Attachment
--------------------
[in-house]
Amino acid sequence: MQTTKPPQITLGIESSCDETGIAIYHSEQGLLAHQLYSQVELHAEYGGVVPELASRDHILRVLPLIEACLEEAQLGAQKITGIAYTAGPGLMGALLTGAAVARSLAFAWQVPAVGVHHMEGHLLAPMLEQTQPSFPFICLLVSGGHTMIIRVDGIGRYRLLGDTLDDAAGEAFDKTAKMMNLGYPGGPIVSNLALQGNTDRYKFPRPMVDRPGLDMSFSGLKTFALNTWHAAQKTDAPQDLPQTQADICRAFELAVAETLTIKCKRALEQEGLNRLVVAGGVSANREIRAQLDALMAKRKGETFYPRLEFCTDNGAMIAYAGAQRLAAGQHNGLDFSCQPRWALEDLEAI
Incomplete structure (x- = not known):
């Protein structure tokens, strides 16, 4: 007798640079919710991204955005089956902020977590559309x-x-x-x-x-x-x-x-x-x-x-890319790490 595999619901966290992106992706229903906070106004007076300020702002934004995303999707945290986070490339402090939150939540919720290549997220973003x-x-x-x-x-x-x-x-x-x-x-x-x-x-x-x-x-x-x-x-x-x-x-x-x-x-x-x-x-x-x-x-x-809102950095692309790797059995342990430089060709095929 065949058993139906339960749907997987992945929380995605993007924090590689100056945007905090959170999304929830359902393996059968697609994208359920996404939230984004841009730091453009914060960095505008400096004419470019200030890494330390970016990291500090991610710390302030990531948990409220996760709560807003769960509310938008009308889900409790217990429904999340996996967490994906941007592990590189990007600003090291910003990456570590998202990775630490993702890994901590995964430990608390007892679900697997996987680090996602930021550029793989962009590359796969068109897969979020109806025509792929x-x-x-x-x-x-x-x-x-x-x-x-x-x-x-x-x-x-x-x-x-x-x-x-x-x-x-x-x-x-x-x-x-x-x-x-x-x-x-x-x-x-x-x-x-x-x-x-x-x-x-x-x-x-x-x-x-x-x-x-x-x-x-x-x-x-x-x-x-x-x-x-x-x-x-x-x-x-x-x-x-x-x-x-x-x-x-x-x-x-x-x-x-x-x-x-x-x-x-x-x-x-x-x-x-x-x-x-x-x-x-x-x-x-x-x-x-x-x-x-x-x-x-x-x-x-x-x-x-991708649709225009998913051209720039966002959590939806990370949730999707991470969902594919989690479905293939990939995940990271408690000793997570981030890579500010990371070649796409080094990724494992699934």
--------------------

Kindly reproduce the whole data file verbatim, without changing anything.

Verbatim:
[in-house]
Amino acid sequence: MQTTKPPQITLGIESSCDETGIAIYHSEQGLLAHQLYSQVELHAEYGGVVPELASRDHILRVLPLIEACLEEAQLGAQKITGIAYTAGPGLMGALLTGAAVARSLAFAWQVPAVGVHHMEGHLLAPMLEQTQPSFPFICLLVSGGHTMIIRVDGIGRYRLLGDTLDDAAGEAFDKTAKMMNLGYPGGPIVSNLALQGNTDRYKFPRPMVDRPGLDMSFSGLKTFALNTWHAAQKTDAPQDLPQTQADICRAFELAVAETLTIKCKRALEQEGLNRLVVAGGVSANREIRAQLDALMAKRKGETFYPRLEFCTDNGAMIAYAGAQRLAAGQHNGLDFSCQPRWALEDLEAI
Incomplete structure (x- = not known):
């Protein structure tokens, strides 16, 4: 007798640079919710991204955005089956902020977590559309x-x-x-x-x-x-x-x-x-x-x-890319790490 595999619901966290992106992706229903906070106004007076300020702002934004995303999707945290986070490339402090939150939540919720290549997220973003x-x-x-x-x-x-x-x-x-x-x-x-x-x-x-x-x-x-x-x-x-x-x-x-x-x-x-x-x-x-x-x-x-809102950095692309790797059995342990430089060709095929 065949058993139906339960749907997987992945929380995605993007924090590689100056945007905090959170999304929830359902393996059968697609994208359920996404939230984004841009730091453009914060960095505008400096004419470019200030890494330390970016990291500090991610710390302030990531948990409220996760709560807003769960509310938008009308889900409790217990429904999340996996967490994906941007592990590189990007600003090291910003990456570590998202990775630490993702890994901590995964430990608390007892679900697997996987680090996602930021550029793989962009590359796969068109897969979020109806025509792929x-x-x-x-x-x-x-x-x-x-x-x-x-x-x-x-x-x-x-x-x-x-x-x-x-x-x-x-x-x-x-x-x-x-x-x-x-x-x-x-x-x-x-x-x-x-x-x-x-x-x-x-x-x-x-x-x-x-x-x-x-x-x-x-x-x-x-x-x-x-x-x-x-x-x-x-x-x-x-x-x-x-x-x-x-x-x-x-x-x-x-x-x-x-x-x-x-x-x-x-x-x-x-x-x-x-x-x-x-x-x-x-x-x-x-x-x-x-x-x-x-x-x-x-x-x-x-x-x-991708649709225009998913051209720039966002959590939806990370949730999707991470969902594919989690479905293939990939995940990271408690000793997570981030890579500010990371070649796409080094990724494992699934």